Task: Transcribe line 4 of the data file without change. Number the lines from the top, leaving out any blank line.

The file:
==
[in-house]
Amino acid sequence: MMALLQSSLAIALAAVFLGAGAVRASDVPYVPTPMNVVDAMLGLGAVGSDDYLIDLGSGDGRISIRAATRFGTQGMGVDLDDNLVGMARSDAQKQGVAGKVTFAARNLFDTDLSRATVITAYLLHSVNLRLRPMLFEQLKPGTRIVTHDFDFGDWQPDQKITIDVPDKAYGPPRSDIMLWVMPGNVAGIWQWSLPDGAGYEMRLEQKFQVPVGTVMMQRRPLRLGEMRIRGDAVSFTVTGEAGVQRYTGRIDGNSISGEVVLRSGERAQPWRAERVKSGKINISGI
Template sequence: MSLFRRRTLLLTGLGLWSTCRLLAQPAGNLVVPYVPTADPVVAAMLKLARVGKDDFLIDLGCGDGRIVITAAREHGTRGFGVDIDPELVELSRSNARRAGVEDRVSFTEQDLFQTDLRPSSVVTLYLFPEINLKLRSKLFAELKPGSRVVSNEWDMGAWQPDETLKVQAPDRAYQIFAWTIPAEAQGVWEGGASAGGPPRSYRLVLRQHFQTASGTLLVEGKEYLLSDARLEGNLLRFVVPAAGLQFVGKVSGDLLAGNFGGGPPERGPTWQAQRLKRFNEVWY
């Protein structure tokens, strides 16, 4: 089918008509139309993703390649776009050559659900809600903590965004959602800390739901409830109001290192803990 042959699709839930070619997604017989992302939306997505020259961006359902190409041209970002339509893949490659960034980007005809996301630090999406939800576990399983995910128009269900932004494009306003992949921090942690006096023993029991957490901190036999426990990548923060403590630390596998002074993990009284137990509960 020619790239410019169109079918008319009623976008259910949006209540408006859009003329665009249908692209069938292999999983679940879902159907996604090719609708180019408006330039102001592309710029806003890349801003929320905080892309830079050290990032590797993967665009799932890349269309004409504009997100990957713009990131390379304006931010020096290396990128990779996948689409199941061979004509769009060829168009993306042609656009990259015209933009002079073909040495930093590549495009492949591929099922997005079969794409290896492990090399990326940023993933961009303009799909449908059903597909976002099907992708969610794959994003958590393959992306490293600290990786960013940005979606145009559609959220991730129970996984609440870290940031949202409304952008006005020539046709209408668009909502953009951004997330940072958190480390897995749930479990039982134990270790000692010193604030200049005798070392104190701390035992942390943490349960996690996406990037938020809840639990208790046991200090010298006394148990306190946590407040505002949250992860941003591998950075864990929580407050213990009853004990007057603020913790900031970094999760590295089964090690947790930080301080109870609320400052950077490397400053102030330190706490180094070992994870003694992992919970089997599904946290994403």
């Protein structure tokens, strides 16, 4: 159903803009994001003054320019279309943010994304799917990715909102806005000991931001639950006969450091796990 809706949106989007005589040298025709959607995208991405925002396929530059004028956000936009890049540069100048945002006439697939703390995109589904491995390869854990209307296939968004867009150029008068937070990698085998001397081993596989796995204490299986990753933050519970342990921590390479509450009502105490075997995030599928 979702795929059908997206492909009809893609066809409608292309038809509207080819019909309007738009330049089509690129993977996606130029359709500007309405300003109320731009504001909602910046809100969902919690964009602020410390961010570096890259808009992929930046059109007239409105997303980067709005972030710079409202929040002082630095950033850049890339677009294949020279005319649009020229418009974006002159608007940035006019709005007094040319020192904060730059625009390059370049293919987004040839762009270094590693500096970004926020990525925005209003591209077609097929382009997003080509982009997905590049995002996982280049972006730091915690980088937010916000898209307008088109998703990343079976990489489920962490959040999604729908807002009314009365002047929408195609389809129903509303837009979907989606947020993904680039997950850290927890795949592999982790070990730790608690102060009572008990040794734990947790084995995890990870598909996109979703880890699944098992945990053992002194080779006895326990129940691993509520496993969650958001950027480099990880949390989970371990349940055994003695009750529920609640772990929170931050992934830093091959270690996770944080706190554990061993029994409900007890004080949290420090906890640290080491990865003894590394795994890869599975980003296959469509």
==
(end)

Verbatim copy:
């Protein structure tokens, strides 16, 4: 089918008509139309993703390649776009050559659900809600903590965004959602800390739901409830109001290192803990 042959699709839930070619997604017989992302939306997505020259961006359902190409041209970002339509893949490659960034980007005809996301630090999406939800576990399983995910128009269900932004494009306003992949921090942690006096023993029991957490901190036999426990990548923060403590630390596998002074993990009284137990509960 020619790239410019169109079918008319009623976008259910949006209540408006859009003329665009249908692209069938292999999983679940879902159907996604090719609708180019408006330039102001592309710029806003890349801003929320905080892309830079050290990032590797993967665009799932890349269309004409504009997100990957713009990131390379304006931010020096290396990128990779996948689409199941061979004509769009060829168009993306042609656009990259015209933009002079073909040495930093590549495009492949591929099922997005079969794409290896492990090399990326940023993933961009303009799909449908059903597909976002099907992708969610794959994003958590393959992306490293600290990786960013940005979606145009559609959220991730129970996984609440870290940031949202409304952008006005020539046709209408668009909502953009951004997330940072958190480390897995749930479990039982134990270790000692010193604030200049005798070392104190701390035992942390943490349960996690996406990037938020809840639990208790046991200090010298006394148990306190946590407040505002949250992860941003591998950075864990929580407050213990009853004990007057603020913790900031970094999760590295089964090690947790930080301080109870609320400052950077490397400053102030330190706490180094070992994870003694992992919970089997599904946290994403």